: Bangladeshi forces killed four suspected Islamist extremists during raids near Dhaka Saturday, security officials said, the latest clashes in the country's ongoing crackdown on militants.
Police have conducted a series of raids on suspected militant hideouts since extremists stormed a posh Dhaka cafe in July and slaughtered 22 mostly foreign hostages.
The elite Rapid Action Battalion launched two separate operations Saturday after being tipped off about the presence of Islamist extremists in a building in Gazipur, just outside Dhaka, and a three-storey structure in the northern district of Tangail.
"Two extremists were shot dead during a gunfight with the RAB in Gazipur. Weapons and explosives have been recovered," RAB spokesman Mufti Mahmud Khan told AFP.
Two more suspected extremists were killed after RAB forces raided another building in Tangail, local RAB chief Mohiuddin Faruqe told AFP.
"They fired at our officers suddenly as we raided their hideout. We fired back and two extremists were shot dead," he said, adding that two RAB officers were also injured during the raid.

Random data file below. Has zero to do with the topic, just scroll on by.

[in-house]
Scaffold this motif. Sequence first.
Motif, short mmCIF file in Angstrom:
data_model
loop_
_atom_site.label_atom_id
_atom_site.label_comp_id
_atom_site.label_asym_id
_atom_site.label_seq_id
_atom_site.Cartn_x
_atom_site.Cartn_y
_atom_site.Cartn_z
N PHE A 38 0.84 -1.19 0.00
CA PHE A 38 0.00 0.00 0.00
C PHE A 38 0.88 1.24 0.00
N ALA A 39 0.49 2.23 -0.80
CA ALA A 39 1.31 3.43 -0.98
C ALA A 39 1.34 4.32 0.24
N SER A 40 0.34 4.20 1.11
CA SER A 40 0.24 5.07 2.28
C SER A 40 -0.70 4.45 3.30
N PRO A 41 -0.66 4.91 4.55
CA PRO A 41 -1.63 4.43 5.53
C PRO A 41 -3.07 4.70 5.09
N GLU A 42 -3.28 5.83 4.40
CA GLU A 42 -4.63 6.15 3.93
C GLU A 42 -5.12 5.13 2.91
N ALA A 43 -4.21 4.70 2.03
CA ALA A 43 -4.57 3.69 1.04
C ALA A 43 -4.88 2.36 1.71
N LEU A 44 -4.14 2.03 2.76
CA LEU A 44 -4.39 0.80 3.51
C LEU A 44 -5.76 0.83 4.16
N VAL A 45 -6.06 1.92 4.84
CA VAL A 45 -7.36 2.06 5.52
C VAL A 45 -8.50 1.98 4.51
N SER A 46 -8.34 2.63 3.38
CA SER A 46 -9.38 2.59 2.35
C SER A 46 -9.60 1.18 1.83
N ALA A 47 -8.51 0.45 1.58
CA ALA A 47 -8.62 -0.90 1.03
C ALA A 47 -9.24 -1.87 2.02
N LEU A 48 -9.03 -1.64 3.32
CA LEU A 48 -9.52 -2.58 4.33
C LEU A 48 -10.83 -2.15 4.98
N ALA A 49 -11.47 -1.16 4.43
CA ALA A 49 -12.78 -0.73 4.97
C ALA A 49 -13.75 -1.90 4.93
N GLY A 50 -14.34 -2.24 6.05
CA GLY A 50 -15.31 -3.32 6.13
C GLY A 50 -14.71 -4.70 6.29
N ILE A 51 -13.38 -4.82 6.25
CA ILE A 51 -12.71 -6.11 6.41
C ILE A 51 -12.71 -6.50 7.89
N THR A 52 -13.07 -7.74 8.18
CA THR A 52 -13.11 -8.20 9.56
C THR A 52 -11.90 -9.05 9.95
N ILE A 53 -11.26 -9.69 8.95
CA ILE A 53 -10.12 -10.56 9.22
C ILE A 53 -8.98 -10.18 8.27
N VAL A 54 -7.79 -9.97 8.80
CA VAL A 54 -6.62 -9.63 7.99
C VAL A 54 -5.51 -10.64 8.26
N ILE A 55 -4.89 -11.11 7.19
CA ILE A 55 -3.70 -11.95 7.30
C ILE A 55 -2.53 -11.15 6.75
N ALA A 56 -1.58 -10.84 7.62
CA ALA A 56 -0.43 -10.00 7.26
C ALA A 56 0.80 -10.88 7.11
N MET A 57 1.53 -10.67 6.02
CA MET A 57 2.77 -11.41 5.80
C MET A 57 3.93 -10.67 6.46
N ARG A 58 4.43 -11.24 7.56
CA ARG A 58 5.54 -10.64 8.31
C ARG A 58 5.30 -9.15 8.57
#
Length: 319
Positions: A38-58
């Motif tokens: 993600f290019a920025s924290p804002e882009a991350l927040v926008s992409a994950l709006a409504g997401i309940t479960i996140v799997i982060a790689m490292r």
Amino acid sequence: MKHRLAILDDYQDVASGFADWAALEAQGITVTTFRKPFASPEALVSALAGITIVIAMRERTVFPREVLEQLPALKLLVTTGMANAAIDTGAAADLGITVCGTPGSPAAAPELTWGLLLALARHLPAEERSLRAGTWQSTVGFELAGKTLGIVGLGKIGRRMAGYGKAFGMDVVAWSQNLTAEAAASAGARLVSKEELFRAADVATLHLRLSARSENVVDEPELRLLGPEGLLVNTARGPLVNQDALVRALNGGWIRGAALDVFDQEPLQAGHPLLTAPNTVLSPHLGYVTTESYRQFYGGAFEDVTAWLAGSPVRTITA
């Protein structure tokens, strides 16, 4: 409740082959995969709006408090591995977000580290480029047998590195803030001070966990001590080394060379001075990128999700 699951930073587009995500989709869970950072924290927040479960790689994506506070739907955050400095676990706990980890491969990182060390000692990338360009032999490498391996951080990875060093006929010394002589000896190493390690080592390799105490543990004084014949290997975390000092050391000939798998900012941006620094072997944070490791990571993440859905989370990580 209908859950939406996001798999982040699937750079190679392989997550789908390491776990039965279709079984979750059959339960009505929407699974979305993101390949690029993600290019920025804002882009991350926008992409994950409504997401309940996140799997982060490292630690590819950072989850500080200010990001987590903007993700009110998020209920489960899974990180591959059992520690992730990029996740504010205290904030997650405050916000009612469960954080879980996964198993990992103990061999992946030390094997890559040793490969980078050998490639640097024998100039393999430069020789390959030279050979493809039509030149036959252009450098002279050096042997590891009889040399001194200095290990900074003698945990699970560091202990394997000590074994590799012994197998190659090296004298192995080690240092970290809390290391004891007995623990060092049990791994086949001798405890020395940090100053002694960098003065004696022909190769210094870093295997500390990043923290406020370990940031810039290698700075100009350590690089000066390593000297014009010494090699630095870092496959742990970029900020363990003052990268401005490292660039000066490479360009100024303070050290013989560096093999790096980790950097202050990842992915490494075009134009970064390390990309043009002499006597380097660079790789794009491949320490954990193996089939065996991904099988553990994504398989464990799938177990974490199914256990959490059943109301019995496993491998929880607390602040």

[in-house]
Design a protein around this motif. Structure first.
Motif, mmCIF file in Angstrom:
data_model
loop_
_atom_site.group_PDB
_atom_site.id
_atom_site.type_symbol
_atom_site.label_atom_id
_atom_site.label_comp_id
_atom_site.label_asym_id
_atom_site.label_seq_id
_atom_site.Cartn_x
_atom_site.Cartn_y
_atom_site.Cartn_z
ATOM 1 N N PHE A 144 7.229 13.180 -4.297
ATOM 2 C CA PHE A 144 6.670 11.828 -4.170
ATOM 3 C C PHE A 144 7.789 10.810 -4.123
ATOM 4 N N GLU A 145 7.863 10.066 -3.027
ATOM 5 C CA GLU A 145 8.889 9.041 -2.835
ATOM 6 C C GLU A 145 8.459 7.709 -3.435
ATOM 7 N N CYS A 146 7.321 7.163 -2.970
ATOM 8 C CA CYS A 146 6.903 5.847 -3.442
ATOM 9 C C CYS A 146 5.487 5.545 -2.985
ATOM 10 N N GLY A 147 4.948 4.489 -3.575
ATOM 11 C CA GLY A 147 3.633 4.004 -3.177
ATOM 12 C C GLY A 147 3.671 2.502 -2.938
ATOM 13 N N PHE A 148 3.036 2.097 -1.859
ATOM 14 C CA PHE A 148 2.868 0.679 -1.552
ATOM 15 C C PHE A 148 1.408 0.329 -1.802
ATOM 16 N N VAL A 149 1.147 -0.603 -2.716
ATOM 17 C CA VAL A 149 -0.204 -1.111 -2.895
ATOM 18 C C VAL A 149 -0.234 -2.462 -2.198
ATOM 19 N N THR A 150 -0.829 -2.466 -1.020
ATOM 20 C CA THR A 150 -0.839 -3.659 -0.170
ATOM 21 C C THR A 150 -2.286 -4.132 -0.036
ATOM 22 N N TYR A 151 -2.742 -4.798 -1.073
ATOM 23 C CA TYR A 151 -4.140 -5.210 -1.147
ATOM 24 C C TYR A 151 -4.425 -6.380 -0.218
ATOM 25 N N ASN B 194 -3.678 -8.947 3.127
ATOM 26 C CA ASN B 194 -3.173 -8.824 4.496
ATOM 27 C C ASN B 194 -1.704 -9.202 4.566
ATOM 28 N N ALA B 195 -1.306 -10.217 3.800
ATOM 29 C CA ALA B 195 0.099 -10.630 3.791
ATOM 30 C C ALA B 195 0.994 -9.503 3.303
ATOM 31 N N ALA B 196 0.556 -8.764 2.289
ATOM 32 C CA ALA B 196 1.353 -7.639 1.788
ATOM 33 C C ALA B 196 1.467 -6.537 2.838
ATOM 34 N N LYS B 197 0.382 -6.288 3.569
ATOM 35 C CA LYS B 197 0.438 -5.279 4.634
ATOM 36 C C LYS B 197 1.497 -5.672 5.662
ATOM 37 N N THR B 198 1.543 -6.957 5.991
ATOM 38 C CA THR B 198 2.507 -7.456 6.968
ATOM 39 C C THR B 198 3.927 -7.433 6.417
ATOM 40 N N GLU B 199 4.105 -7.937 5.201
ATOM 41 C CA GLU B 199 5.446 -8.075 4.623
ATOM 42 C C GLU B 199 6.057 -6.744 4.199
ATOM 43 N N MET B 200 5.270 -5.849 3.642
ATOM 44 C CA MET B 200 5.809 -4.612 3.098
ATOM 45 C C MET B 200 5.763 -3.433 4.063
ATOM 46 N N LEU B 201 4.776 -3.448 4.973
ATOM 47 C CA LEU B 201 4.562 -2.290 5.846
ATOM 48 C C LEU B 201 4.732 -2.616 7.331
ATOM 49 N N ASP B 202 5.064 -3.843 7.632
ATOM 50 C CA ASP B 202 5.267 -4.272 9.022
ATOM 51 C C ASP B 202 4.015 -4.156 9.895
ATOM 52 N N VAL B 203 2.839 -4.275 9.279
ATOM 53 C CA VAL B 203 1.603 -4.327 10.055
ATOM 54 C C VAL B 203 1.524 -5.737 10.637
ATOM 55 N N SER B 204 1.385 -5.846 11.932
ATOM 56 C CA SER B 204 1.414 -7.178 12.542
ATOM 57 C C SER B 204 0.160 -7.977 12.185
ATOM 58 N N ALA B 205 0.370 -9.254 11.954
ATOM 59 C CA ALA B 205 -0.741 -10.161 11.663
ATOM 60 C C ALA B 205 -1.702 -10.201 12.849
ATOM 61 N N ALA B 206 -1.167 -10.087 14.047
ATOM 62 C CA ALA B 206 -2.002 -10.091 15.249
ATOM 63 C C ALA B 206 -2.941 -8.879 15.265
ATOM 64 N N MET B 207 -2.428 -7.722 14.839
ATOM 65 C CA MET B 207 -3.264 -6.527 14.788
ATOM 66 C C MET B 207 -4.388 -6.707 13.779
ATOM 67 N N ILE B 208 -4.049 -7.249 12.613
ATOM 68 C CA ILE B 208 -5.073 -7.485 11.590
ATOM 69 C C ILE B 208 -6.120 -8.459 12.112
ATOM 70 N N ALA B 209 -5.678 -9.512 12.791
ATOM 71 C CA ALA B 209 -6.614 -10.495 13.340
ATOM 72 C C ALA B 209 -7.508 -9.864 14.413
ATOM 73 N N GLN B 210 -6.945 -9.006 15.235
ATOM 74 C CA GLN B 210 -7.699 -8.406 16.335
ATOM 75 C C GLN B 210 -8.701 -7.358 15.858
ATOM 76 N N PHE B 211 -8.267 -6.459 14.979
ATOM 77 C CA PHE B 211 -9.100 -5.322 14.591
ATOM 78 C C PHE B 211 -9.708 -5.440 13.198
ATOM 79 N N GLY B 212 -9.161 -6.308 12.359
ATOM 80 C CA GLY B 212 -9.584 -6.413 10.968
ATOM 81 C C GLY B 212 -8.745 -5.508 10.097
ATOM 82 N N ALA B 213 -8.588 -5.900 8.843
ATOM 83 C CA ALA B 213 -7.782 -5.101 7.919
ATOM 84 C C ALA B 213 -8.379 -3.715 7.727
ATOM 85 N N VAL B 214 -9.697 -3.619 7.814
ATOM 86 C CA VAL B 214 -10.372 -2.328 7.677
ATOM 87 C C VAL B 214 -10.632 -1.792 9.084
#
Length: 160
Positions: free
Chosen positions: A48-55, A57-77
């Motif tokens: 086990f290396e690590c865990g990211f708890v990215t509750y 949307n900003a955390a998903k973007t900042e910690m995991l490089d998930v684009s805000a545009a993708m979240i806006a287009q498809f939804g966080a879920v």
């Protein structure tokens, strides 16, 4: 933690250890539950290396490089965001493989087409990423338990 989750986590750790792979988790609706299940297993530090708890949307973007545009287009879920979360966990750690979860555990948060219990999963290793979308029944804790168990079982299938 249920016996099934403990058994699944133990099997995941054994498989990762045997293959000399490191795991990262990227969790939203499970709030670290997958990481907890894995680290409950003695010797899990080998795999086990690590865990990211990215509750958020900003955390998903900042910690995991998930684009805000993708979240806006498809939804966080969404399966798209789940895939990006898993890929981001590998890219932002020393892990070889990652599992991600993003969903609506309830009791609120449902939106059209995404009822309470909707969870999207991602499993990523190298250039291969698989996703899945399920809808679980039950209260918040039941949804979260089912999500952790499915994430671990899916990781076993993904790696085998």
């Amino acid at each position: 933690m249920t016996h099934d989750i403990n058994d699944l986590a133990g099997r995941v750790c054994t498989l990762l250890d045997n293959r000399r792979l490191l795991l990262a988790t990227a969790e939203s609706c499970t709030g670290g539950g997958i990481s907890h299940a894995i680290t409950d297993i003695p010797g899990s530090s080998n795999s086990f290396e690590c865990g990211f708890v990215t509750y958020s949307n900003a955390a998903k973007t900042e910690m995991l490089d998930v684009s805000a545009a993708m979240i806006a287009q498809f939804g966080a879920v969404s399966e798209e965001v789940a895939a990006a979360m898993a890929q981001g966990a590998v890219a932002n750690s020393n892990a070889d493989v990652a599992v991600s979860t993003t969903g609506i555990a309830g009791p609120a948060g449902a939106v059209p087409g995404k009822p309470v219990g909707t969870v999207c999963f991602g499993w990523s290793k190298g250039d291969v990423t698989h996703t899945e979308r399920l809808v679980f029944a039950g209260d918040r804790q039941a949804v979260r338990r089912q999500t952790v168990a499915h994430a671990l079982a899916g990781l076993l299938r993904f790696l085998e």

The RAB did not elaborate on the operations and there was no immediate comment about what group the gunmen were affiliated with.
Private television broadcaster Jamuna TV said the RAB launched the raid in Gazipur after receiving intelligence that the "Dhaka coordinator" of the banned Islamist extremist group Jamayetul Mujahideen Bangladesh (JMB) was at the hideout.
It remained unclear whether the extremist leader was among the dead.
The Islamic State group claimed responsibility for the July 1 attack on the upscale cafe in Dhaka, posting pictures of the attackers holding IS flags online.
However, Bangladesh officials have rejected the claims, saying the JMB led by a Canadian citizen of Bangladesh origin, Tamim Chowdhury, was responsible for the massacre.
In August police shot Chowdhury dead along with two of his associates after they stormed an extremist hideout in Narayanganj city near Dhaka.
Since the cafe carnage, Bangladeshi security forces have killed at least 32 suspected Islamist militants, including a US citizen of Bangladesh descent.
Long dormant after their top leaders were executed in March 2007, the JMB has recently regrouped with young, university-educated extremists taking the helm.
Bangladesh has been reeling from a deadly wave of attacks in the last three years, including on foreigners, rights activists and members of the country's religious minorities.